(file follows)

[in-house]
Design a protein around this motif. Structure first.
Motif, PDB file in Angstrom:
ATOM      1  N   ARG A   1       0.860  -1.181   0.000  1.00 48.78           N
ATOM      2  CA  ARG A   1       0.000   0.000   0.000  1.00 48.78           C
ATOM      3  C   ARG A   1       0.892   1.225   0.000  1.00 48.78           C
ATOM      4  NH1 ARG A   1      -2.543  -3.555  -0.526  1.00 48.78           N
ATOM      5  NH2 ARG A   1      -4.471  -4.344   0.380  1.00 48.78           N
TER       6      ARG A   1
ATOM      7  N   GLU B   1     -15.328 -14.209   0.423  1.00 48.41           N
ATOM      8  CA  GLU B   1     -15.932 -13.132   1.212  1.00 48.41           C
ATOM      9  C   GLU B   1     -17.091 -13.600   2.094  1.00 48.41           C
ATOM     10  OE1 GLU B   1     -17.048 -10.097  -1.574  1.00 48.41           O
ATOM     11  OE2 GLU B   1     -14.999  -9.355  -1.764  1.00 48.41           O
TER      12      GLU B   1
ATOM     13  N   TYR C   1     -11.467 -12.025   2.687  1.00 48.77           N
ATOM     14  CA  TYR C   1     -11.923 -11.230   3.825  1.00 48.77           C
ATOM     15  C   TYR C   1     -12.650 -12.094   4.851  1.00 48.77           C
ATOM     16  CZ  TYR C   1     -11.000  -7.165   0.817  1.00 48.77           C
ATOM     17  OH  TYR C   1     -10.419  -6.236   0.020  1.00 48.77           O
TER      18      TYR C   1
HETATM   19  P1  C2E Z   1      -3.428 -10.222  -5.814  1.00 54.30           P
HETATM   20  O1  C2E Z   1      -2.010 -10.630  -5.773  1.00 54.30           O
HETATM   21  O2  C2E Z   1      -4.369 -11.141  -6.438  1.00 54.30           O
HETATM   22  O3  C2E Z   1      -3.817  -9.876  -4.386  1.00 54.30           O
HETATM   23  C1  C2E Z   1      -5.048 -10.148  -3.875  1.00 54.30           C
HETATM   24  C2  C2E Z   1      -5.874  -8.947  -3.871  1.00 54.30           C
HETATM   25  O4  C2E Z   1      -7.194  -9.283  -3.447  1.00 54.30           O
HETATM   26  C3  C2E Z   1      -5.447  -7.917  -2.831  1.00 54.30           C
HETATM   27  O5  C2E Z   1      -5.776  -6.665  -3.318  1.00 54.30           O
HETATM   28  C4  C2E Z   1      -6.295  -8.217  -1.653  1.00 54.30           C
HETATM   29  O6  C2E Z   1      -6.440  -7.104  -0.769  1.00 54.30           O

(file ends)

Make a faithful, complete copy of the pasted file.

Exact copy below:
[in-house]
Design a protein around this motif. Structure first.
Motif, PDB file in Angstrom:
ATOM      1  N   ARG A   1       0.860  -1.181   0.000  1.00 48.78           N
ATOM      2  CA  ARG A   1       0.000   0.000   0.000  1.00 48.78           C
ATOM      3  C   ARG A   1       0.892   1.225   0.000  1.00 48.78           C
ATOM      4  NH1 ARG A   1      -2.543  -3.555  -0.526  1.00 48.78           N
ATOM      5  NH2 ARG A   1      -4.471  -4.344   0.380  1.00 48.78           N
TER       6      ARG A   1
ATOM      7  N   GLU B   1     -15.328 -14.209   0.423  1.00 48.41           N
ATOM      8  CA  GLU B   1     -15.932 -13.132   1.212  1.00 48.41           C
ATOM      9  C   GLU B   1     -17.091 -13.600   2.094  1.00 48.41           C
ATOM     10  OE1 GLU B   1     -17.048 -10.097  -1.574  1.00 48.41           O
ATOM     11  OE2 GLU B   1     -14.999  -9.355  -1.764  1.00 48.41           O
TER      12      GLU B   1
ATOM     13  N   TYR C   1     -11.467 -12.025   2.687  1.00 48.77           N
ATOM     14  CA  TYR C   1     -11.923 -11.230   3.825  1.00 48.77           C
ATOM     15  C   TYR C   1     -12.650 -12.094   4.851  1.00 48.77           C
ATOM     16  CZ  TYR C   1     -11.000  -7.165   0.817  1.00 48.77           C
ATOM     17  OH  TYR C   1     -10.419  -6.236   0.020  1.00 48.77           O
TER      18      TYR C   1
HETATM   19  P1  C2E Z   1      -3.428 -10.222  -5.814  1.00 54.30           P
HETATM   20  O1  C2E Z   1      -2.010 -10.630  -5.773  1.00 54.30           O
HETATM   21  O2  C2E Z   1      -4.369 -11.141  -6.438  1.00 54.30           O
HETATM   22  O3  C2E Z   1      -3.817  -9.876  -4.386  1.00 54.30           O
HETATM   23  C1  C2E Z   1      -5.048 -10.148  -3.875  1.00 54.30           C
HETATM   24  C2  C2E Z   1      -5.874  -8.947  -3.871  1.00 54.30           C
HETATM   25  O4  C2E Z   1      -7.194  -9.283  -3.447  1.00 54.30           O
HETATM   26  C3  C2E Z   1      -5.447  -7.917  -2.831  1.00 54.30           C
HETATM   27  O5  C2E Z   1      -5.776  -6.665  -3.318  1.00 54.30           O
HETATM   28  C4  C2E Z   1      -6.295  -8.217  -1.653  1.00 54.30           C
HETATM   29  O6  C2E Z   1      -6.440  -7.104  -0.769  1.00 54.30           O